A cold-health watch and warning system for cold waves in Quebec

IMAGE: INRS Professor Fateh Chebana specializes in Hydrogeological modelling. His team also developed a heat health watch and warning systems in 2010.

Image: 
Josée Lecompte

A team from the Institut national de la recherche scientifique (INRS) and the Institut national de santé publique du Québec (INSPQ), led by Professor Fateh Chebana, has recently developed a cold-health watch and warning system for cold waves, a first in the world. Their results were published in November 2020 in the journal Science of the Total Environment.

"Cold waves, which are particularly severe in Quebec, can affect everyone, but especially people with chronic diseases. Data provided by the INSPQ indicates an increase in hospitalizations and mortality in cold weather. Therefore, designing an alert system similar to the one we developed for heat waves in 2010 seemed essential to us," says Professor Chebana, who led the study.

Based on past data, researchers were able to determine two temperature thresholds that would trigger an alert to warn healthcare professionals. Depending on the region, the temperature thresholds for a two-day cold wave causing an alert and related to excess mortality observed in the population vary between -15°C and -23°C during the day, and between -20°C and -29°C at night. The thresholds causing an alert and related to an excess of hospitalization in the population vary between -13°C and -23°C during the day, and between -17°C and -30°C at night.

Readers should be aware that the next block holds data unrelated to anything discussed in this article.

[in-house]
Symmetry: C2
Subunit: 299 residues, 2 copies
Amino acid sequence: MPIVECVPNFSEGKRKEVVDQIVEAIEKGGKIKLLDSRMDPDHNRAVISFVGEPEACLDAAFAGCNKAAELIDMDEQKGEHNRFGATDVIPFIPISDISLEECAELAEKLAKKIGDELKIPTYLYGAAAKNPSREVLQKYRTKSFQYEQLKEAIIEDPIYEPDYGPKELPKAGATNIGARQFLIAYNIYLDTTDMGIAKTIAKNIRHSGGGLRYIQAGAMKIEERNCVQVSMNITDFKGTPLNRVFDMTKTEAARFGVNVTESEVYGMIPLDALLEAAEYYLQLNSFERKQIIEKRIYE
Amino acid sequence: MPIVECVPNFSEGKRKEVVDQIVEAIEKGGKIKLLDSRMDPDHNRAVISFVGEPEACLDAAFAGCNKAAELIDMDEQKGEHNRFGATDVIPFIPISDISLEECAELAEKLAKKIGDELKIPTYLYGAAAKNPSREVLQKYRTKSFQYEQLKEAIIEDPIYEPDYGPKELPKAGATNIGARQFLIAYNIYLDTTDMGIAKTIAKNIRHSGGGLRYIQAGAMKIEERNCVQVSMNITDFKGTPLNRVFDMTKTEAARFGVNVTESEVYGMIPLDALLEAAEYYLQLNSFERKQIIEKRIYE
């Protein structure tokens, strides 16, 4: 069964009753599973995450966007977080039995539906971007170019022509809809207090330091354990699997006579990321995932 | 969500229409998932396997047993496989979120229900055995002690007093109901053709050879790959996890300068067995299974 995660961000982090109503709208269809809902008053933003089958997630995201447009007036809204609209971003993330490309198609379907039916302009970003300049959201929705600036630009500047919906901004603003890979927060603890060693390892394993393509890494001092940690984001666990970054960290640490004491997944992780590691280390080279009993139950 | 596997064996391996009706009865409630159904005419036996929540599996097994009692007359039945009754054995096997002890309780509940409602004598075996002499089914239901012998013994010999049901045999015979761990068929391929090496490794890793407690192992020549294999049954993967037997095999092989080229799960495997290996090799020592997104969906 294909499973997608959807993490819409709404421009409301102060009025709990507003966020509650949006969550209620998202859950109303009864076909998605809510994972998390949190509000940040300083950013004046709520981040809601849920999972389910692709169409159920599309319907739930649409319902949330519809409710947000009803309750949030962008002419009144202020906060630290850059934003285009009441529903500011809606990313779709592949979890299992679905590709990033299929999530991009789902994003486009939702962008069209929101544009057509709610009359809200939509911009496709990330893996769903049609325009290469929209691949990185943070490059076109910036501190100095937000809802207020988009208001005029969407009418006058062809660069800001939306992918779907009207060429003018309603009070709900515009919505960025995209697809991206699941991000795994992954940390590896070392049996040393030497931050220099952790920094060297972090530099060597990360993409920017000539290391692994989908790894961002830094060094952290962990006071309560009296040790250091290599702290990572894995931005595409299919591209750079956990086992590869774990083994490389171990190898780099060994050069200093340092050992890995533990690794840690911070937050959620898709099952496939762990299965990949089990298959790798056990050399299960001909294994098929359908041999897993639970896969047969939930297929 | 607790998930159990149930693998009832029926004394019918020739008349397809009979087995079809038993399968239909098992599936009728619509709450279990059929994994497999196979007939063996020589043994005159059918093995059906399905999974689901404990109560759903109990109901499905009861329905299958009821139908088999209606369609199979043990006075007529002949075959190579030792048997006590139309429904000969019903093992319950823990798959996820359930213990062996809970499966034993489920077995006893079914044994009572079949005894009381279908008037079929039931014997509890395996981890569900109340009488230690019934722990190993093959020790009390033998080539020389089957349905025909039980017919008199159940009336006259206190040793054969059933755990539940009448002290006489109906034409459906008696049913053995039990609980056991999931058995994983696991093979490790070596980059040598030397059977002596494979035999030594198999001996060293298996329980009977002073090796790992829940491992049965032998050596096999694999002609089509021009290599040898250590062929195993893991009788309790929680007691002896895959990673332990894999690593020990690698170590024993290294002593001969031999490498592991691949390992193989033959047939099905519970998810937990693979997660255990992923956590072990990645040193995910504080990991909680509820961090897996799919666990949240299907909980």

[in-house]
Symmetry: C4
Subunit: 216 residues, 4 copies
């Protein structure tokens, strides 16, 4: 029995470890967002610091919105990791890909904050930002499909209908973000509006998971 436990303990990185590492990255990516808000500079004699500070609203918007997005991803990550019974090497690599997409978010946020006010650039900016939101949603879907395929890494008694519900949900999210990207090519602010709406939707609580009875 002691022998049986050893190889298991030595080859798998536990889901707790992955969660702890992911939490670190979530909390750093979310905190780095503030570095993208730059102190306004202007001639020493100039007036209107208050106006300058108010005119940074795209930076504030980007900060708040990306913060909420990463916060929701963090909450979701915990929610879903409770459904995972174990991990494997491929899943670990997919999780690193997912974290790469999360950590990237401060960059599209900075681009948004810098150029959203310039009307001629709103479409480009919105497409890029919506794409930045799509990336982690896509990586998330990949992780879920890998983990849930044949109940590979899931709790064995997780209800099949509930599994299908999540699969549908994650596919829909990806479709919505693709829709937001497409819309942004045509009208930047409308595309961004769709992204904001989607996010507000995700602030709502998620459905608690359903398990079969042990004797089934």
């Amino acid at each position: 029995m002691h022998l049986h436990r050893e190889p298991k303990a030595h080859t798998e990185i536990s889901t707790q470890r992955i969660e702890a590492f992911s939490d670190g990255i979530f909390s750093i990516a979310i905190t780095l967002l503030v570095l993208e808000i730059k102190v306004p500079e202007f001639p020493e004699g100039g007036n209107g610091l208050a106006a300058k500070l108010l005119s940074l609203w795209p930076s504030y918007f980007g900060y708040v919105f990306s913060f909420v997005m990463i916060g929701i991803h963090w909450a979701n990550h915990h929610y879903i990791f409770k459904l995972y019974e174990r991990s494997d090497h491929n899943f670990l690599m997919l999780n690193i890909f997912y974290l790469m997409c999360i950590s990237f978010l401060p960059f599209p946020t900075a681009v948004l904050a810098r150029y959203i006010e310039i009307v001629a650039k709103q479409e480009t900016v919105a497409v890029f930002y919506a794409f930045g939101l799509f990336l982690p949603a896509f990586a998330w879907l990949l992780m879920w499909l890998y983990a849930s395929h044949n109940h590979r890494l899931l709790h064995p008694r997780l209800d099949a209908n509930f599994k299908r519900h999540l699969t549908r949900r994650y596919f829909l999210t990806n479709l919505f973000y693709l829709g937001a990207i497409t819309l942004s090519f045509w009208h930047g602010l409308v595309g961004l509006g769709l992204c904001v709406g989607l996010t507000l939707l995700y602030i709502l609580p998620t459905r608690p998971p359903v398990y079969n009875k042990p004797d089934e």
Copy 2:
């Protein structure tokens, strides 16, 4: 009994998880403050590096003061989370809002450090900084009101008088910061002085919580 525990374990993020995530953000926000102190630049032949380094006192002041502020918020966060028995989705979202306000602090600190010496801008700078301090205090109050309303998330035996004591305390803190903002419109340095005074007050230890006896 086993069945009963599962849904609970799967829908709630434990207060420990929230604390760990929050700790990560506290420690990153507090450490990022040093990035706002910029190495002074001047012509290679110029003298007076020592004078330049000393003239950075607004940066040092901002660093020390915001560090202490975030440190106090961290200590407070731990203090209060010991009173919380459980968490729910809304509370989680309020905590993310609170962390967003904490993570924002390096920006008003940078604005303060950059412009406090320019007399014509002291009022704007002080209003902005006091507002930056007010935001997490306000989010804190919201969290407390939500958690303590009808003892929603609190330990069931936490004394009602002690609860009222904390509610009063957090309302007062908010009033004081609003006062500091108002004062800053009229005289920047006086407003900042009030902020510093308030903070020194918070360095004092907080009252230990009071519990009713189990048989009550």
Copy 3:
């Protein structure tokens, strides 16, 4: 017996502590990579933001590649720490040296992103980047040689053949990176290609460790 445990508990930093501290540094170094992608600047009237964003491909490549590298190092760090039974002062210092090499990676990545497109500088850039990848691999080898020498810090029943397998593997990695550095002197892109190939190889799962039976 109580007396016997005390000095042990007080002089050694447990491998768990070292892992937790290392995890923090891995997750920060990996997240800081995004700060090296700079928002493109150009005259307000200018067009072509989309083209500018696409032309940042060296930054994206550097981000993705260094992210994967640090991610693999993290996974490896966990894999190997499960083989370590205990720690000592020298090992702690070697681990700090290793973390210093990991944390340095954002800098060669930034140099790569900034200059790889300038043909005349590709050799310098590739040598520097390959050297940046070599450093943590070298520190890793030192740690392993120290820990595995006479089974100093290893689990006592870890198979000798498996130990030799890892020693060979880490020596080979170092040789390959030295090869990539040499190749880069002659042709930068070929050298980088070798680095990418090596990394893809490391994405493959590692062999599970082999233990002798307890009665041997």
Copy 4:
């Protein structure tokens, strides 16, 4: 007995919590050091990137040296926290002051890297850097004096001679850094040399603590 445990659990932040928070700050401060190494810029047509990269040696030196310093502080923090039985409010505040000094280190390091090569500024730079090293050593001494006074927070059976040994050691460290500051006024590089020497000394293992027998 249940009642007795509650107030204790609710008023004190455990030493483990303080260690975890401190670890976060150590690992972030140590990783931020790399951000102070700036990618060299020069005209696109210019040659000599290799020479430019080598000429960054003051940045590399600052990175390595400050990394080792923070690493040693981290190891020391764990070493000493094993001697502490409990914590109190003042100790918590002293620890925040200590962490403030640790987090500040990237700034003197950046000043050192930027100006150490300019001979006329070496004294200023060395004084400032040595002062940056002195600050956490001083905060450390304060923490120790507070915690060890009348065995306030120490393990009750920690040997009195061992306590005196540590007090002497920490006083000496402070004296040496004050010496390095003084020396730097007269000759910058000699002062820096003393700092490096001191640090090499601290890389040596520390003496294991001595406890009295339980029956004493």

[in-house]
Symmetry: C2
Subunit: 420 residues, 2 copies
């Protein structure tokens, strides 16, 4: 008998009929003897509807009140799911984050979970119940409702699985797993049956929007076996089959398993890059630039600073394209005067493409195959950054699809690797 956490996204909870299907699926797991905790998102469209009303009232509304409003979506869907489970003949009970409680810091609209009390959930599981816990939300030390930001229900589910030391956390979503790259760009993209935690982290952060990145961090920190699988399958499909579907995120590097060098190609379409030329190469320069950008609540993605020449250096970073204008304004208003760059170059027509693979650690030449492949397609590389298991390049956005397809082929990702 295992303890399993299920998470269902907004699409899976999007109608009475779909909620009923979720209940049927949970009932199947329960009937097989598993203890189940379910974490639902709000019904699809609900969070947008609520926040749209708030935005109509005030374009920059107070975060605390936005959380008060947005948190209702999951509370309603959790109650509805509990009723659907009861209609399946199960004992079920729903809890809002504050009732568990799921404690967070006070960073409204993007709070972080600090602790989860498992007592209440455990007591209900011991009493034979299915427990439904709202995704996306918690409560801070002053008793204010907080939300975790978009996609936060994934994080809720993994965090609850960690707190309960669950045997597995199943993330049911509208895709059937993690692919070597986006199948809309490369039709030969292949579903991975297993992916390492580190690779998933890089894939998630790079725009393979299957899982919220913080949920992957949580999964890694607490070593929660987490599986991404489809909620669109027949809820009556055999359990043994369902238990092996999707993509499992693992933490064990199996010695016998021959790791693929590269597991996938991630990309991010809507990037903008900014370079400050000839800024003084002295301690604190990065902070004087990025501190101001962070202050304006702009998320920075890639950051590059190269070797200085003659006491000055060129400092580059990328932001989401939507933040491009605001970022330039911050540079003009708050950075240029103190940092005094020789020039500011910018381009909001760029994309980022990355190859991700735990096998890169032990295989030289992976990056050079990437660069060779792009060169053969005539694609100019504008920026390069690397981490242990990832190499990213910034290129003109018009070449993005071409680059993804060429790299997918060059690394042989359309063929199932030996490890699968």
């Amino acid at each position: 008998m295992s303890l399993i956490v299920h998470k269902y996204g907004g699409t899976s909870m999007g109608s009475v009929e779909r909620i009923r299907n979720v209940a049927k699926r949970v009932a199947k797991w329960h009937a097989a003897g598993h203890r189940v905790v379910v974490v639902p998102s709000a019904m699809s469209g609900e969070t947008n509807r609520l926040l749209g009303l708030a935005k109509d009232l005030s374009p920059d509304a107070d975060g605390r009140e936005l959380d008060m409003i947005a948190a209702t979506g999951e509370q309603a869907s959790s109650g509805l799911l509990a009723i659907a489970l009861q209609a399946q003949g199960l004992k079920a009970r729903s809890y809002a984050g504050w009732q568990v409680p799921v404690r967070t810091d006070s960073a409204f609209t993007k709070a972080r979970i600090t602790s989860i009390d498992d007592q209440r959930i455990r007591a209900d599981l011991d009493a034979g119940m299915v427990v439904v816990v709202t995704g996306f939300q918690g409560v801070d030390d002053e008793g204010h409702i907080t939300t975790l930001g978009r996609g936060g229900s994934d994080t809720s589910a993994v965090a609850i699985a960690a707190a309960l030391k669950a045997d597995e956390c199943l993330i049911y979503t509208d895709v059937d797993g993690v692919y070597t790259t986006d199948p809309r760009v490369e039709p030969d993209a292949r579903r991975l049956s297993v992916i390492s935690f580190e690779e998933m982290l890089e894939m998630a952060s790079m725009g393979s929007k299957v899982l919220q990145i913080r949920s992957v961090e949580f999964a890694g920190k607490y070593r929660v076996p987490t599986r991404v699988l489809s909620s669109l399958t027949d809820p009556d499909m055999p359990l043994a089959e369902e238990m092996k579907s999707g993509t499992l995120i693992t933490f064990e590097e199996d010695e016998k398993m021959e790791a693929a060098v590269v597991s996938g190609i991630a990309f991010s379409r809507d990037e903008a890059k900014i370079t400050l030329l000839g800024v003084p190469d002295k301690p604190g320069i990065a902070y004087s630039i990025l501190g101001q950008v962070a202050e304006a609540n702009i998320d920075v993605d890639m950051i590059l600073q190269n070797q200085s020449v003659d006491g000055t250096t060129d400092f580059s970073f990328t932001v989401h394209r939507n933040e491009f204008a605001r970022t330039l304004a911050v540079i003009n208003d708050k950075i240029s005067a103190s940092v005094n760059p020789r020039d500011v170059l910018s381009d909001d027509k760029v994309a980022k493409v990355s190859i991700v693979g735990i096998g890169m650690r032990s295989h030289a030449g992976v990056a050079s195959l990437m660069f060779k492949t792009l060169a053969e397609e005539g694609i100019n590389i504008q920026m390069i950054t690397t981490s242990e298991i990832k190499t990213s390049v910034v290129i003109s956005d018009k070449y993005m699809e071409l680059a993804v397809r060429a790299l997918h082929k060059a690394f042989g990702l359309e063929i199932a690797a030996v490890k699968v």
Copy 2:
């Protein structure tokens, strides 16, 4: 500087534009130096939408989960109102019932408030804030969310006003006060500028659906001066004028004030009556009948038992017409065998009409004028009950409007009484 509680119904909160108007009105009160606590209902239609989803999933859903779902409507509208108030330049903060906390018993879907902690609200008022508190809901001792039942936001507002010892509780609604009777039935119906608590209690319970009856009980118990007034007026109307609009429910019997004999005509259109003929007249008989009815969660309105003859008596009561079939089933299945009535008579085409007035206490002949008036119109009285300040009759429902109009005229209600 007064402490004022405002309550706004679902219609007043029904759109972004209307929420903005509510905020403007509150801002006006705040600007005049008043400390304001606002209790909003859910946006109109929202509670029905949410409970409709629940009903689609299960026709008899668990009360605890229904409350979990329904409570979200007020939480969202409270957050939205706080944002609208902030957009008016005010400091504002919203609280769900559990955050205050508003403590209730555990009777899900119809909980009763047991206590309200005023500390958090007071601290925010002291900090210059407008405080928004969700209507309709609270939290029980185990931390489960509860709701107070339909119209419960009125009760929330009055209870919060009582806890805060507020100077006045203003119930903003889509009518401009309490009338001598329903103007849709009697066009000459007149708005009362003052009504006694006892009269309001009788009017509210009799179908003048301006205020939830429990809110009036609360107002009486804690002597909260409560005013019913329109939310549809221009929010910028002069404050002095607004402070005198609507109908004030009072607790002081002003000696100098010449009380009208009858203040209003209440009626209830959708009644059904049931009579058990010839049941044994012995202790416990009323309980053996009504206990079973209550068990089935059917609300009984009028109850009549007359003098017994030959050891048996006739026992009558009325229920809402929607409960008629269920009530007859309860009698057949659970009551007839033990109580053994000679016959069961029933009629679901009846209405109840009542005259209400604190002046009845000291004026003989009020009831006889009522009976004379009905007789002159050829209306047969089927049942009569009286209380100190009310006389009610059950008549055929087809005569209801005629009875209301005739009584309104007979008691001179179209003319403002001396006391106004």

Once the system is operational, it will use Environment Canada's forecasts and will take into account the reliability of these forecasts. The alert system also considers the effect of delays between exposure and observed health impacts. "Just because it was cold today doesn't mean that people die or go to the hospital on the same day. It takes several days to see the impact, longer than with high temperatures," he says.

A promising alert system

For now, these thresholds are the same throughout the winter period. The team is planning to improve the tool by adjusting thresholds according to the month. "A temperature of -15°C in December will not have the same effect on health as in February because the body has not yet adapted," says Professor Chebana.

The alert system currently considers the general population, but it could specifically look at higher-risk groups such as the elderly or those with respiratory problems. Researchers are also considering a specific feature applicable to tourism or the education sector, during school closures for example.

Currently managed by the INSPQ, the model will be integrated into its Système de surveillance et de prévention des impacts sanitaires des événements météorologiques extrêmes (SUPREME), a source of information on the impacts of extreme weather events on the health.

"Excessive mortality or hospitalizations caused by cold waves are not as well-known as for heat waves, even though their impact is high during the winter. This work, in collaboration with INRS hydrometeorological data modelling experts, will enable public health stakeholders to better monitor cold waves and implement appropriate interventions to prevent avoidable deaths or hospitalizations".

Credit: 
Institut national de la recherche scientifique - INRS